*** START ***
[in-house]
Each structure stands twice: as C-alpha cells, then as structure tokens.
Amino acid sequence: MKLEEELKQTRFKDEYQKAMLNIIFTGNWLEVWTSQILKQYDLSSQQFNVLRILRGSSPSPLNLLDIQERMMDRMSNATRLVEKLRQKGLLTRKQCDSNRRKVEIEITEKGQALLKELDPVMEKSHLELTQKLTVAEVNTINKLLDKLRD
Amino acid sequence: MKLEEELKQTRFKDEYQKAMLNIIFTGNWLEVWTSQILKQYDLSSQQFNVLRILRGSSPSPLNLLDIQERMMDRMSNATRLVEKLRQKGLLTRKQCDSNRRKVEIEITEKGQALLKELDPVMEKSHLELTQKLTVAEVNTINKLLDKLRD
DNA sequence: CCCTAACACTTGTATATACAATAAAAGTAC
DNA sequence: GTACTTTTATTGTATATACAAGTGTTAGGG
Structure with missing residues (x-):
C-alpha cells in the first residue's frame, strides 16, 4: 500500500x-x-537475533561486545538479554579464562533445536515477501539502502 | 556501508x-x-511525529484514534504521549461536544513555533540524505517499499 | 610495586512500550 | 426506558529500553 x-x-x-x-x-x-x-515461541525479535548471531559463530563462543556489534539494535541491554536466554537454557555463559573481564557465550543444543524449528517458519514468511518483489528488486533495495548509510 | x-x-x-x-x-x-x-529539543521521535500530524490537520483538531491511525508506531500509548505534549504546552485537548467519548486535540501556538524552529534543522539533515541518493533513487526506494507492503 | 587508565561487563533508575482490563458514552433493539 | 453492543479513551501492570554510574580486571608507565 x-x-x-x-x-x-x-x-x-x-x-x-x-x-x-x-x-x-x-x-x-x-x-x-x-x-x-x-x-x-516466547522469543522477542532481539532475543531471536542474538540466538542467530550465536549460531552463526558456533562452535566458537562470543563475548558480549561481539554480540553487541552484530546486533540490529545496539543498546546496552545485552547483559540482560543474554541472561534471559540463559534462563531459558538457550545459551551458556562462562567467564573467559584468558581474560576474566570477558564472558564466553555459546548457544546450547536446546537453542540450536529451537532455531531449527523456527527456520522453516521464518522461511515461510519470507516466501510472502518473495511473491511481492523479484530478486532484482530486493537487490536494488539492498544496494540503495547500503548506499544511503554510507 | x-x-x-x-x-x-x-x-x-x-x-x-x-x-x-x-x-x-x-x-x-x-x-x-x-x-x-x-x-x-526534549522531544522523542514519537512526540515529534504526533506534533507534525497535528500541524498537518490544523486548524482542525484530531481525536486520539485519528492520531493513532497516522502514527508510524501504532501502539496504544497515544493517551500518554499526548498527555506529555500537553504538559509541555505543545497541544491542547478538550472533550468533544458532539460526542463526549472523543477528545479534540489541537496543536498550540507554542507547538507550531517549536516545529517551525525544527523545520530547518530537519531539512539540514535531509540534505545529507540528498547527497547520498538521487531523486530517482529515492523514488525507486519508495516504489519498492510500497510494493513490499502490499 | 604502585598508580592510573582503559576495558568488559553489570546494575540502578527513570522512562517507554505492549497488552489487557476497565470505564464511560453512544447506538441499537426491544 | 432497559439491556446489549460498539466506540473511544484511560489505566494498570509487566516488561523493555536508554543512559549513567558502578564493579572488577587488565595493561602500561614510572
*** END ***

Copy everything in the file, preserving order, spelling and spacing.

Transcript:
[in-house]
Each structure stands twice: as C-alpha cells, then as structure tokens.
Amino acid sequence: MKLEEELKQTRFKDEYQKAMLNIIFTGNWLEVWTSQILKQYDLSSQQFNVLRILRGSSPSPLNLLDIQERMMDRMSNATRLVEKLRQKGLLTRKQCDSNRRKVEIEITEKGQALLKELDPVMEKSHLELTQKLTVAEVNTINKLLDKLRD
Amino acid sequence: MKLEEELKQTRFKDEYQKAMLNIIFTGNWLEVWTSQILKQYDLSSQQFNVLRILRGSSPSPLNLLDIQERMMDRMSNATRLVEKLRQKGLLTRKQCDSNRRKVEIEITEKGQALLKELDPVMEKSHLELTQKLTVAEVNTINKLLDKLRD
DNA sequence: CCCTAACACTTGTATATACAATAAAAGTAC
DNA sequence: GTACTTTTATTGTATATACAAGTGTTAGGG
Structure with missing residues (x-):
C-alpha cells in the first residue's frame, strides 16, 4: 500500500x-x-537475533561486545538479554579464562533445536515477501539502502 | 556501508x-x-511525529484514534504521549461536544513555533540524505517499499 | 610495586512500550 | 426506558529500553 x-x-x-x-x-x-x-515461541525479535548471531559463530563462543556489534539494535541491554536466554537454557555463559573481564557465550543444543524449528517458519514468511518483489528488486533495495548509510 | x-x-x-x-x-x-x-529539543521521535500530524490537520483538531491511525508506531500509548505534549504546552485537548467519548486535540501556538524552529534543522539533515541518493533513487526506494507492503 | 587508565561487563533508575482490563458514552433493539 | 453492543479513551501492570554510574580486571608507565 x-x-x-x-x-x-x-x-x-x-x-x-x-x-x-x-x-x-x-x-x-x-x-x-x-x-x-x-x-x-516466547522469543522477542532481539532475543531471536542474538540466538542467530550465536549460531552463526558456533562452535566458537562470543563475548558480549561481539554480540553487541552484530546486533540490529545496539543498546546496552545485552547483559540482560543474554541472561534471559540463559534462563531459558538457550545459551551458556562462562567467564573467559584468558581474560576474566570477558564472558564466553555459546548457544546450547536446546537453542540450536529451537532455531531449527523456527527456520522453516521464518522461511515461510519470507516466501510472502518473495511473491511481492523479484530478486532484482530486493537487490536494488539492498544496494540503495547500503548506499544511503554510507 | x-x-x-x-x-x-x-x-x-x-x-x-x-x-x-x-x-x-x-x-x-x-x-x-x-x-x-x-x-x-526534549522531544522523542514519537512526540515529534504526533506534533507534525497535528500541524498537518490544523486548524482542525484530531481525536486520539485519528492520531493513532497516522502514527508510524501504532501502539496504544497515544493517551500518554499526548498527555506529555500537553504538559509541555505543545497541544491542547478538550472533550468533544458532539460526542463526549472523543477528545479534540489541537496543536498550540507554542507547538507550531517549536516545529517551525525544527523545520530547518530537519531539512539540514535531509540534505545529507540528498547527497547520498538521487531523486530517482529515492523514488525507486519508495516504489519498492510500497510494493513490499502490499 | 604502585598508580592510573582503559576495558568488559553489570546494575540502578527513570522512562517507554505492549497488552489487557476497565470505564464511560453512544447506538441499537426491544 | 432497559439491556446489549460498539466506540473511544484511560489505566494498570509487566516488561523493555536508554543512559549513567558502578564493579572488577587488565595493561602500561614510572